“‘Even a book can be a door,’ suggests the narrator of Matt Bell’s The Collectors. What you’ll find behind this particular door are two shaken and shaky brothers losing their tenuous grip on reality, slowly filling their house with decades of booby-trapped detritus and precious trash. The Collectors is a compelling portrait both of the way a heated mind can come to recreate the world and of how fascination with such a mind can end up being its own sort of trap. A wonderful, obsessive novella.”
Brian Evenson, author of The Open Curtain
“Matt Bell makes of the pathology of the miser, hoarder, or packrat an emblem of the obsessive life and makes his reader understand how the compulsion to collect may be only the mind’s seeking to construct for itself a refuge from an intolerable and otherwise inescapable reality. Bell’s fiction excites pity for those who live, as though walled up, in ruins of their own necessary construction. I admire The Collectors for the certainty of its prose and its unflinching observation of a most profound alienation—envying the first; fearing the second; and unhappily aware that artifice—no matter how splendid—is inadequate to ameliorate the despair.”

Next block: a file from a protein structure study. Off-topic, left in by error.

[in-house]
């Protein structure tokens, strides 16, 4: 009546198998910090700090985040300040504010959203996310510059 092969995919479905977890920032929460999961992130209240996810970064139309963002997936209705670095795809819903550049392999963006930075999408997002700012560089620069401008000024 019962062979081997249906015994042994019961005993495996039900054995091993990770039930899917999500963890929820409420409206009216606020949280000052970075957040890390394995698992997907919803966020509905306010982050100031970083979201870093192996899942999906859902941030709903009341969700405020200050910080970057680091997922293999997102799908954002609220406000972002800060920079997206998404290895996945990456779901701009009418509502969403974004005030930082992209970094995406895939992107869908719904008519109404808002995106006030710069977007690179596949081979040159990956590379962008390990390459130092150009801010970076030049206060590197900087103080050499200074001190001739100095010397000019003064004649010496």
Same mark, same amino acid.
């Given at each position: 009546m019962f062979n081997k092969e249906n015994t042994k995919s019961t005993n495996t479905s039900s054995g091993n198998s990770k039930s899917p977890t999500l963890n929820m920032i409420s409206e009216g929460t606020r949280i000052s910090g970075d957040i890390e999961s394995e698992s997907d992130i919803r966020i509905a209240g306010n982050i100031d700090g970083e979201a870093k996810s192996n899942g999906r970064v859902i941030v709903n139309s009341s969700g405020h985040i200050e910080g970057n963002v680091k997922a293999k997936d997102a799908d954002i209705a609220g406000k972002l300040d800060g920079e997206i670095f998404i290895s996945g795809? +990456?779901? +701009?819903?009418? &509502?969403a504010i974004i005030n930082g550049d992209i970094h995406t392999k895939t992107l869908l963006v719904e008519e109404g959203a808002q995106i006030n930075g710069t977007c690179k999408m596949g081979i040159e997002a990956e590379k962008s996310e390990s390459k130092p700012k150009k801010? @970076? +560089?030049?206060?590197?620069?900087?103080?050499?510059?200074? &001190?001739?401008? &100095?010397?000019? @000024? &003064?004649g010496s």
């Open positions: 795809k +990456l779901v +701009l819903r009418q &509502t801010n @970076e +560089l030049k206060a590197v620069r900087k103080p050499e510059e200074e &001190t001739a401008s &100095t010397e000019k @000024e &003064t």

Norman Lock, author of A History of the Imagination
“Matt Bell’s lifesick pair, Langley and Homer, shell-shocked under a pile of newspapers, are disquieting, hilarious, and—in that strange way that makes Beckett’s and Kafka’s characters so urgent—entirely recognizable. Bell has written a beauty.”
Deb Olin Unferth, author of Vacation
The Collectors was the runner-up manuscript in the 2008 Caketrain Chapbook Competition, as judged by Brian Evenson.
About the Author
Matt Bell is the author of How They Were Found, Cataclysm Baby, and In the House upon the Dirt between the Lake and the Woods. He is the also founding editor of The Collagist, a monthly online literary magazine.
The chapters “William Baker” and “Artie Matthews” were published in Wigleaf as “How They Were Found and Who They Were That Found Them” (2008). Text © 2009 Matt Bell. Cover image texture courtesy of Brandie Jenkins. “Table of Pneumaticks” from Cyclopaedia, or Universal Dictionary of Arts and Sciences, Volume 2, 1728.